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Premier of the Northern Cape, Ms Sylvia Lucas At The Namakwaland Women’s Day Celebrations

Today marked the 57th Anniversary of the 1956 Women’s Anti-pass march. On this day in 1956, more than 20 000 women marched against the discriminatory pass laws which had restricted the movement of black people in the country.

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The Northern Cape Provincial Government held commemorative events in all five the districts to pay tribute to the event of that day as well as the relentless struggle of the women of those women. The focus is also on the strides made in that South Africa is today a constitutional democracy where gender equality is also a constitutional imperative. Our Constitution recognises women as equal citizens, with equal rights and responsibilities.

The Premier, Ms Sylvia Lucas, led the celebrations in Nababeep in the Namakwaland District. The theme for Women’s Day 2013 is “A Centenary of Working Together towards Sustainable Women Empowerment and Gender Equality”. In attendance were community members from Matjieskloof, Pofadder, Okiep, Kommaggas and Garies.

The Speaker of the Namakwa District Municipality, Ms Sylvia Kardinaal, explained that women of today must demonstrate the courage that the women of 1956 portrayed and realise that with the strength that they possess they can make an indelible mark in society.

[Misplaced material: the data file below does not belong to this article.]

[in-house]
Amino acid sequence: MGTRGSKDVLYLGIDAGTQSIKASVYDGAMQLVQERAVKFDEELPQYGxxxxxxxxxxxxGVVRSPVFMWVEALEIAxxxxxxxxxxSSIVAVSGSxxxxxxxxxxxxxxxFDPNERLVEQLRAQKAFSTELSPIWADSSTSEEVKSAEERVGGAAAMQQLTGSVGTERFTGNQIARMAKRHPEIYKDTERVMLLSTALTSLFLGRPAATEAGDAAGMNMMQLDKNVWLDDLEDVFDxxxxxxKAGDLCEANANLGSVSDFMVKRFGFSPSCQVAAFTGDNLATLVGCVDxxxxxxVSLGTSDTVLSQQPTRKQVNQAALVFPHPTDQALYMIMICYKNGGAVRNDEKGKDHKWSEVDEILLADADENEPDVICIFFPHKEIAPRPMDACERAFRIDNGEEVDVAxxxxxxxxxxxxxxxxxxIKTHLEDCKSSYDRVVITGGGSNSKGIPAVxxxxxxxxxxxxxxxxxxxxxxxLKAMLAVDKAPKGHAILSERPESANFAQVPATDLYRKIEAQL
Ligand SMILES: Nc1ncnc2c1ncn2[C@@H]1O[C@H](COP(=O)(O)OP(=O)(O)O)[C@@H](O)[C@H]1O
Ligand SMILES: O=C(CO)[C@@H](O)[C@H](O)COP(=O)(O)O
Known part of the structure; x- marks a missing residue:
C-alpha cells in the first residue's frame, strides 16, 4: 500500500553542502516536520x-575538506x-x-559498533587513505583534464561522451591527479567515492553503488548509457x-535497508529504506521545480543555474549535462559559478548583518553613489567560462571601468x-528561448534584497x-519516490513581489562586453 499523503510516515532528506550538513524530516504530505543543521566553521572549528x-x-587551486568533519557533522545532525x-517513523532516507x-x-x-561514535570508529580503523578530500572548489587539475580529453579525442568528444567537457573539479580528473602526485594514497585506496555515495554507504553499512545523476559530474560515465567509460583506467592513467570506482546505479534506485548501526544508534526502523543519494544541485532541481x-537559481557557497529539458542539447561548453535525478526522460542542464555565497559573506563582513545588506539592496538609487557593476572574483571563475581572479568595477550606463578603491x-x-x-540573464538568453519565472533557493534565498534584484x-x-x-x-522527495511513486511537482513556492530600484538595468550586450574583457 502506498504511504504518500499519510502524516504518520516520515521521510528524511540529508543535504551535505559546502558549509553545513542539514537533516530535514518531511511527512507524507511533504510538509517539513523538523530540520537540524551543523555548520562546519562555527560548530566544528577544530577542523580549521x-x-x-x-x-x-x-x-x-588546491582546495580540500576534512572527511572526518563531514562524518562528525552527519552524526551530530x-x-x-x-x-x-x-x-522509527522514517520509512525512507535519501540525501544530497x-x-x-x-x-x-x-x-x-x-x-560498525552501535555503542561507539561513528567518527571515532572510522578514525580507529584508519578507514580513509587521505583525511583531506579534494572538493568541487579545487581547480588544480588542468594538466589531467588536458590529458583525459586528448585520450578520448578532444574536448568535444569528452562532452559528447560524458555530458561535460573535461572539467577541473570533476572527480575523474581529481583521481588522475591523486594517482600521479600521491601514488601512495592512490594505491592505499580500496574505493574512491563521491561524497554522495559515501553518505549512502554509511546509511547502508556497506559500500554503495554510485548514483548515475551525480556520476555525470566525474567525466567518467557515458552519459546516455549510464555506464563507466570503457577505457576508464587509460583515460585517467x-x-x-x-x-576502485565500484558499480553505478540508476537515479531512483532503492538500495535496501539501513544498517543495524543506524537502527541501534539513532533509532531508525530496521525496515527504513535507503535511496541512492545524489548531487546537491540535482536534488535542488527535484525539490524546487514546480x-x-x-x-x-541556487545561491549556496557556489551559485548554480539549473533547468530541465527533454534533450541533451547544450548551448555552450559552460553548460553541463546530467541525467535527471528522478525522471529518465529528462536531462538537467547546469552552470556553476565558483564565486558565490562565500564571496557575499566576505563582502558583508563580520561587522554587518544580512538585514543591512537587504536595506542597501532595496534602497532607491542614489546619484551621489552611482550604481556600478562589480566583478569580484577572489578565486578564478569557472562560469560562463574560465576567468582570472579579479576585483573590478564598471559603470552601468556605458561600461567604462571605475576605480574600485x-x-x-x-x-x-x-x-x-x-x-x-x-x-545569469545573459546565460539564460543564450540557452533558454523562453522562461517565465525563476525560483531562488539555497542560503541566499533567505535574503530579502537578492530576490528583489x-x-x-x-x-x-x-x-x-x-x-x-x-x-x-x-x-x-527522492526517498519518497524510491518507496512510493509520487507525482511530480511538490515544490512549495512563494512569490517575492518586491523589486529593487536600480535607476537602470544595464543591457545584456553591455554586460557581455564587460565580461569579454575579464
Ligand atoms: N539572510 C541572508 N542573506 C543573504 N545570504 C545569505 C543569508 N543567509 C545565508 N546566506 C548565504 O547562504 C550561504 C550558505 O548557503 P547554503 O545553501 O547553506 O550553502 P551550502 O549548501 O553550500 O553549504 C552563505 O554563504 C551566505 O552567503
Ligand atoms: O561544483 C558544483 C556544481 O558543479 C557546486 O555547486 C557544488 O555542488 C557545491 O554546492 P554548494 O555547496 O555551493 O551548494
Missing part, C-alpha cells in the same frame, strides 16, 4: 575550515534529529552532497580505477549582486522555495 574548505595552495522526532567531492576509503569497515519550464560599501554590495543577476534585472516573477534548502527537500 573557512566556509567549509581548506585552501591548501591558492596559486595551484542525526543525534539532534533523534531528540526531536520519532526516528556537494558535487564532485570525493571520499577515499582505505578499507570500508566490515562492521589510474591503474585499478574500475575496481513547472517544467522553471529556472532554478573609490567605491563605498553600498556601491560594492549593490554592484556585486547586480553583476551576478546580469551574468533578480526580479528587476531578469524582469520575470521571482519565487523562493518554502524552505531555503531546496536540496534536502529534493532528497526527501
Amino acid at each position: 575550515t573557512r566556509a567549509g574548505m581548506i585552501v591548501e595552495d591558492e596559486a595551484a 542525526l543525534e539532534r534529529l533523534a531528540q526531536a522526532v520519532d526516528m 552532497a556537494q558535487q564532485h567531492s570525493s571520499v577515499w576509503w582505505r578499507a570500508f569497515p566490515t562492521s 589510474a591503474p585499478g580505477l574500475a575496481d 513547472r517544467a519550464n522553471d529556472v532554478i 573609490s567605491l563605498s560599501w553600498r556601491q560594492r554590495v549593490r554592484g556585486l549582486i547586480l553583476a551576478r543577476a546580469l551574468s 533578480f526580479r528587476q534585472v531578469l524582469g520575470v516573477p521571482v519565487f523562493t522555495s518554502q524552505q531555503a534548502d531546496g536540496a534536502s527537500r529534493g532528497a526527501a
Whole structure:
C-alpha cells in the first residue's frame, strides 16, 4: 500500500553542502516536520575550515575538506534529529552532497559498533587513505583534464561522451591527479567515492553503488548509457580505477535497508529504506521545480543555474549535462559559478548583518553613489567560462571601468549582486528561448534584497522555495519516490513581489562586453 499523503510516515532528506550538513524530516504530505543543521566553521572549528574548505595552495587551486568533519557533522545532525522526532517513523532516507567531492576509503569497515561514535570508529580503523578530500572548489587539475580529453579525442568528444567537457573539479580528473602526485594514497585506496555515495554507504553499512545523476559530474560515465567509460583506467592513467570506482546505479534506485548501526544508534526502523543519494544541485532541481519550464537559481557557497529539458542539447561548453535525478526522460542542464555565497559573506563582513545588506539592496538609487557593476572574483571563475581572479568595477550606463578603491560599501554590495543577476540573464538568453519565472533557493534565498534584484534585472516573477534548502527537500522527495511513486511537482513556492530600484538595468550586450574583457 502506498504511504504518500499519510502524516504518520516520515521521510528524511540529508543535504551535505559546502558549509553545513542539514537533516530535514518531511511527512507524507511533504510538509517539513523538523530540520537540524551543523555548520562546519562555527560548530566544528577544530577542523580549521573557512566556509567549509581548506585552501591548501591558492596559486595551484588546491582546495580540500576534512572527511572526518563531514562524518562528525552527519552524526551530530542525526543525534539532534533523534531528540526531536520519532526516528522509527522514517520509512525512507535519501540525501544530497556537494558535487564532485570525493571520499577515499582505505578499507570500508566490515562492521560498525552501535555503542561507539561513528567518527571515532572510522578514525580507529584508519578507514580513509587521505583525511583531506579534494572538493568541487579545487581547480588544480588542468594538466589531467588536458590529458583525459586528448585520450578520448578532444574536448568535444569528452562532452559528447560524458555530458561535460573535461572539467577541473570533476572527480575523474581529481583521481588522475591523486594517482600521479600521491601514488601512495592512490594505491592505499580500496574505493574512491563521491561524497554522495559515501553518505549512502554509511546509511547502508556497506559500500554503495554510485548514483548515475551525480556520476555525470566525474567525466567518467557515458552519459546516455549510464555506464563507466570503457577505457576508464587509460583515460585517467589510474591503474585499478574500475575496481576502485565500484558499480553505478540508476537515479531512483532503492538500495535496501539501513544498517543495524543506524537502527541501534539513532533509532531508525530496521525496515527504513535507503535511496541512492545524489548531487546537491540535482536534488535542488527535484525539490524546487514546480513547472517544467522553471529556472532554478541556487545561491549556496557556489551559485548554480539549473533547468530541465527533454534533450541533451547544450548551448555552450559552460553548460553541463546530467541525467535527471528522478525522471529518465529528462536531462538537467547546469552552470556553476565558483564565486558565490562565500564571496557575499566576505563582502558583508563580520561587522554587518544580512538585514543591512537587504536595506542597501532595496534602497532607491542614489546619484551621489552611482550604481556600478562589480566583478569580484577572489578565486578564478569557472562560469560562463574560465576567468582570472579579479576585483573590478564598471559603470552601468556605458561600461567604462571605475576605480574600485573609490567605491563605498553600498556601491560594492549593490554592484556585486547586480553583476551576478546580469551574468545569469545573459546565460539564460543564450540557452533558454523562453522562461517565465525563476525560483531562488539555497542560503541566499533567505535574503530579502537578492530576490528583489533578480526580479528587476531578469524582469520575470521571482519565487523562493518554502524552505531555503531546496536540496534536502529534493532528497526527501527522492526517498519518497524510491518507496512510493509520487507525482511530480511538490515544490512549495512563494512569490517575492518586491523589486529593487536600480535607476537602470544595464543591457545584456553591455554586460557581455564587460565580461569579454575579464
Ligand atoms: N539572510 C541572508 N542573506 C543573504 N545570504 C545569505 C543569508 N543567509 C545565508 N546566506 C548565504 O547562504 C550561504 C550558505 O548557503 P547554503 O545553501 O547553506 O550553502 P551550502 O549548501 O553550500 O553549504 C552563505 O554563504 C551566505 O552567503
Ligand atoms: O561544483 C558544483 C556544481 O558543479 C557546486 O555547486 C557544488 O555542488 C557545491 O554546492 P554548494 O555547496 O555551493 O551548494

Ms Lucas stated that today we are honouring the women in 1956 that made sure that we can attain our goal to bring change in this democratic South Africa. We must honour the 20000 women whose actions led to the change that we see today, a democratic, non racist, non sexist South Africa.

She went further to say that through Women’s Day we also need to reflect on gender violence and the impact that it has on society, therefore we need to work together as men and women to ensure that we build communities free from violence especially against women and children. The celebrations also focus on the five priorities of Government viz.

  • Job creation, decent work and sustainable livelihoods for women, including funding mechanisms for increasing opportunities for women’s economic empowerment;
  • Education for women and girls with a focus on science and technology;
  • Women’s health especially decreasing maternal mortality and the negative impact of HIV and AIDS on women and girls;
  • Addressing the growing scourge of gender based violence; and
  • Rural women’s development, land reform and food security for women and girls.

Ms Lucas also highlighted the role that Charlotte Maxeke, the founding member of the ANC Women’s League, played in the Liberation struggle. She was the first woman who organised an Anti Pass march in 1930. She was also an activist that fought for Worker’s rights and equal rights for women.

Ms Lucas concluded by saying that women of today must emulate and follow the example of Charlotte Maxeke and the women of 1956 and make education their number one priority.

After the event Ms Lucas also paid a visit to the small community of Sonop to interact with the women of that area regarding the challenges that they face and how they can work together with Government to overcome these.

Released by the Office of the Premier

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Bronwyn Thomas-Abrahams
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